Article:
What kinds of insurance do employers typically grant to employees?
As fringe benefits employees are typically granted accident insurance, health insurance or life insurance fully or in part. We have seen particular interest in health insurance, not least because services in state healthcare are still relatively poor. Extra insurance can be used to compensate for that deficit and in effect give employees the status of being privately insured. Employee insurance is a good way to reduce employee fluctuation and to top up wages in a way that is more favourable to the employer in terms of taxation. Recently many benefits in kind have now been taxed by the state to a degree that they are no longer attractive to employers. Luckily that is not yet the case with insurance for employees. We have received an increasing number of inquiries about such products. I would advise all employers to check whether they can perform the next wage rise in full or partially through offering insurance to the employees concerned.
What are the taxation conditions like for your company?
Third-party insurance has been taxed since last year. All other types of insurance – except for life insurance – will be taxed from next year. I can understand why taxes are being levied in insurance. In other countries insurance taxes of a similar order of magnitude have been normal for years. I was even surprised that insurance has not been taxed more heavily until now. There was no question that there would be such a move in Hungary sooner or later. The only doubt in my mind is whether the time for the introduction of insurance taxes was well chosen. The new taxes will be partly passed on to consumers and domestic demand is already under pressure. By the end of the year the special tax, which we are also affected by, will be cancelled for financial institutions. Essentially there will not be a further burden for us – the burden will simply shift.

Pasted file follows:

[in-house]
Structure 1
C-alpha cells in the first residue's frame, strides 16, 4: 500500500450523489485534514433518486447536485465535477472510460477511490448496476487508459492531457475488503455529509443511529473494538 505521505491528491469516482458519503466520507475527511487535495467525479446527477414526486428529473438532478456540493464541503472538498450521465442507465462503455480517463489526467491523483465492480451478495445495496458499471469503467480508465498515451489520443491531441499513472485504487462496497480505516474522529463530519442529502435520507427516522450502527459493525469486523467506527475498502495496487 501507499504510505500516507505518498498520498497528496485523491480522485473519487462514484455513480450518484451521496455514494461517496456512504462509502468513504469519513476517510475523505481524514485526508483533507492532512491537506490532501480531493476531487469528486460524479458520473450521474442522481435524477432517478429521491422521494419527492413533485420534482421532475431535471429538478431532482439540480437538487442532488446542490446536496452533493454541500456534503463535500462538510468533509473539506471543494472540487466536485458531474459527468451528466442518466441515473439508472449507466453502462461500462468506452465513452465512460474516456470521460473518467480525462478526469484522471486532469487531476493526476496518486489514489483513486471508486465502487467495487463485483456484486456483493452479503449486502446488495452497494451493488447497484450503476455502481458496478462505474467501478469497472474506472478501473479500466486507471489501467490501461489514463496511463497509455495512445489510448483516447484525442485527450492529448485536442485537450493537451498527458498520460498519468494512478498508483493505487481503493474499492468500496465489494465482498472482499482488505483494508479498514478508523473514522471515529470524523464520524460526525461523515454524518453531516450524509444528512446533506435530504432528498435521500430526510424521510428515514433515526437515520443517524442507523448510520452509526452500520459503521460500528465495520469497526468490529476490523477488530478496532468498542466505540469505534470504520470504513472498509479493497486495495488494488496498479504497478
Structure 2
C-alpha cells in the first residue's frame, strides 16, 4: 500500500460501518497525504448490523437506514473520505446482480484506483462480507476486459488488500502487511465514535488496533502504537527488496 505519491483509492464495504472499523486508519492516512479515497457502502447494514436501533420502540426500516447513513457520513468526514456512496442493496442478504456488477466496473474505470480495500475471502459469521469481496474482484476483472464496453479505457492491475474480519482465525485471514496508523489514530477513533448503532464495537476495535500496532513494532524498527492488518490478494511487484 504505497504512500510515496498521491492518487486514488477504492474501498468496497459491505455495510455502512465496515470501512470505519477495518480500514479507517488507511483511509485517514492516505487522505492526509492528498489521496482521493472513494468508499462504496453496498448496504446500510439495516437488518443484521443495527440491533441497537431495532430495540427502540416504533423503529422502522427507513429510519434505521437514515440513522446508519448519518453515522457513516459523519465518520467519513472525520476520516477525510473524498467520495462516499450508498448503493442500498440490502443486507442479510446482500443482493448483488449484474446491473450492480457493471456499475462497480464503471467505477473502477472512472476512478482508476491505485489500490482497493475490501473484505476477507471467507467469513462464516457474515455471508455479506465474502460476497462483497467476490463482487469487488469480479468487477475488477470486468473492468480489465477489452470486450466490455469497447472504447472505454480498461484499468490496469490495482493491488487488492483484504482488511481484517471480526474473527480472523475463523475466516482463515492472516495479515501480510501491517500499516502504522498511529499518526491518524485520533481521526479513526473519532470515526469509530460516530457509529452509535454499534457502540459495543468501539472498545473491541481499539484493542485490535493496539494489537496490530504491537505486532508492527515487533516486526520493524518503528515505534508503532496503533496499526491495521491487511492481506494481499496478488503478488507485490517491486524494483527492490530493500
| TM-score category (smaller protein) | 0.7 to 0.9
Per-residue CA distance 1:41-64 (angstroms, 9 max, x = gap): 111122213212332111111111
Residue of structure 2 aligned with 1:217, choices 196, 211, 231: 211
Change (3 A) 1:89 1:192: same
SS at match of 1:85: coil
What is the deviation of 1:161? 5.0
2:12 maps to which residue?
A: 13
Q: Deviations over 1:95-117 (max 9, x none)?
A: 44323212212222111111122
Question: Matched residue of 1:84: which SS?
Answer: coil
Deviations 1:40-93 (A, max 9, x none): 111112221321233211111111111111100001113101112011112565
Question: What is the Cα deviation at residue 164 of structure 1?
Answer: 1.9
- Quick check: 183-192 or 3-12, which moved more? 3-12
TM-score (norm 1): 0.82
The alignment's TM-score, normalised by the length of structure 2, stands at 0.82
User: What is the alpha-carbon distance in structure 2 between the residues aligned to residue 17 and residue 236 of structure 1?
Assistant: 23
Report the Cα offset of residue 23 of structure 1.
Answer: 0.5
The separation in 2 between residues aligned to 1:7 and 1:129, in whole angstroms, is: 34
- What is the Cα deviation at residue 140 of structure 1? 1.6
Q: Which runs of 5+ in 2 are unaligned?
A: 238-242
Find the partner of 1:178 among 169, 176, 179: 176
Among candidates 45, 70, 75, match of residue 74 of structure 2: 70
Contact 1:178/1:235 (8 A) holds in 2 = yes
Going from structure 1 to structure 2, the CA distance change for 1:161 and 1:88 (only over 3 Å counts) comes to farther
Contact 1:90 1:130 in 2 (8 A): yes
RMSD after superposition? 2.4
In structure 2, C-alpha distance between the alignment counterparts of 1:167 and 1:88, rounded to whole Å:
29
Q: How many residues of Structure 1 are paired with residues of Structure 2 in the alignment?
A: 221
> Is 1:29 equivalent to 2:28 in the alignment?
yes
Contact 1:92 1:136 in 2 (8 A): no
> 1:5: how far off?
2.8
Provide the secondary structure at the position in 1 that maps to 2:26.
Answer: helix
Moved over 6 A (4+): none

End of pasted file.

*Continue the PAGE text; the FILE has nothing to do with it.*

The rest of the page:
How do you see Hungary’s future economic development?
2012 has not been an easy year. Many insurance companies are eating up their reserves. It is not surprising that some insurance companies, including big-name ones, are seriously thinking about leaving the Hungarian market. Of course UNIQA is not among them. We will definitely remain. Our company has decided on Central and Eastern Europe. We are pursuing a long-term strategy here. My hope is that in 2013 the reforms undertaken will gradually have an effect and bring about a certain degree of economic growth. It would be good if we would again see a climate that favours investments and growth. I am not anticipating highly dynamic growth but even the first signs of such growth would make a big difference.
Mihály Jankovich (age 51) has been involved in insurance of business customers in Central and Eastern Europe for over 20 years. From 1990 to 1993 he was in charge of international customers at Gerling Konzern Kft. He then held the position of managing director at insurance broker Risikoservice until 1997. From 1997 to 2006 he was managing director of Aon Magyarország Kft. and from 2007 to 2011 was managing director of Vienna International Underwriters GmbH. Since October 2011 he has been head of the corporate business division at UNIQA Biztosító Zrt.